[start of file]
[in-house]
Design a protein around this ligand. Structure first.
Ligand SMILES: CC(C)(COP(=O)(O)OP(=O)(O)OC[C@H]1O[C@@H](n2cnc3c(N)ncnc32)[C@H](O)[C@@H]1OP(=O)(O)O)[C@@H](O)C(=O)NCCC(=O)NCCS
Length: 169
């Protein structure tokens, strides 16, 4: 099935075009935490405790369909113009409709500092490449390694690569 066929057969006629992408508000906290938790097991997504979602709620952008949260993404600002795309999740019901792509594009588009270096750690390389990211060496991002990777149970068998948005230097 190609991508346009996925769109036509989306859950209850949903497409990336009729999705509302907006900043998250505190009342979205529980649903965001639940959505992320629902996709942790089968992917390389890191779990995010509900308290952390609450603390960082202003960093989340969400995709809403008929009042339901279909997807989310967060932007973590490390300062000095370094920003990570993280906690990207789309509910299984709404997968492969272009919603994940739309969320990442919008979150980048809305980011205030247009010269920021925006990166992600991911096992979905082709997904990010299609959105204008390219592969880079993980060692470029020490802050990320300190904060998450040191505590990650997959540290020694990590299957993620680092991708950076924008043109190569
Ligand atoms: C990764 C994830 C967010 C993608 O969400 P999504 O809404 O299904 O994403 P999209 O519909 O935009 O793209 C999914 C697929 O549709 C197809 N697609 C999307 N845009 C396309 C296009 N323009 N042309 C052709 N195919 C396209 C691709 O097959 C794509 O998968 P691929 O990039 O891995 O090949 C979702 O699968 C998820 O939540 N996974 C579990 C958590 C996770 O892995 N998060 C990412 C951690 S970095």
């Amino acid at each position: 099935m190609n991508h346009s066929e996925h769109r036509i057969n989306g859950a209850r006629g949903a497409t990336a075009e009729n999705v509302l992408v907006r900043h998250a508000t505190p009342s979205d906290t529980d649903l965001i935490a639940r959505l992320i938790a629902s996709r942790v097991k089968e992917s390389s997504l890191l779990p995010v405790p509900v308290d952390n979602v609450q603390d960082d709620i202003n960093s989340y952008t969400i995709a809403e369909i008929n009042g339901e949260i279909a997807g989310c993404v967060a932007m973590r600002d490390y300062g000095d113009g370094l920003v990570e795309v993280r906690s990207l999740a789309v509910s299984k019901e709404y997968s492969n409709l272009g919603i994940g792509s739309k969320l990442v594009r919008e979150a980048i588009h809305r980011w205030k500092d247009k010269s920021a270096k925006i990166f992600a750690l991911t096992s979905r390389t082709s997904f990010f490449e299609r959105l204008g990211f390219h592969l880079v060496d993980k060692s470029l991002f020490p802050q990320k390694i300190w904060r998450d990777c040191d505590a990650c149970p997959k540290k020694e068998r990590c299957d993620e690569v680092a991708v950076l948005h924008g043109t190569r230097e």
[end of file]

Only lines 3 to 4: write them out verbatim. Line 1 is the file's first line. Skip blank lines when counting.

Ligand SMILES: CC(C)(COP(=O)(O)OP(=O)(O)OC[C@H]1O[C@@H](n2cnc3c(N)ncnc32)[C@H](O)[C@@H]1OP(=O)(O)O)[C@@H](O)C(=O)NCCC(=O)NCCS
Length: 169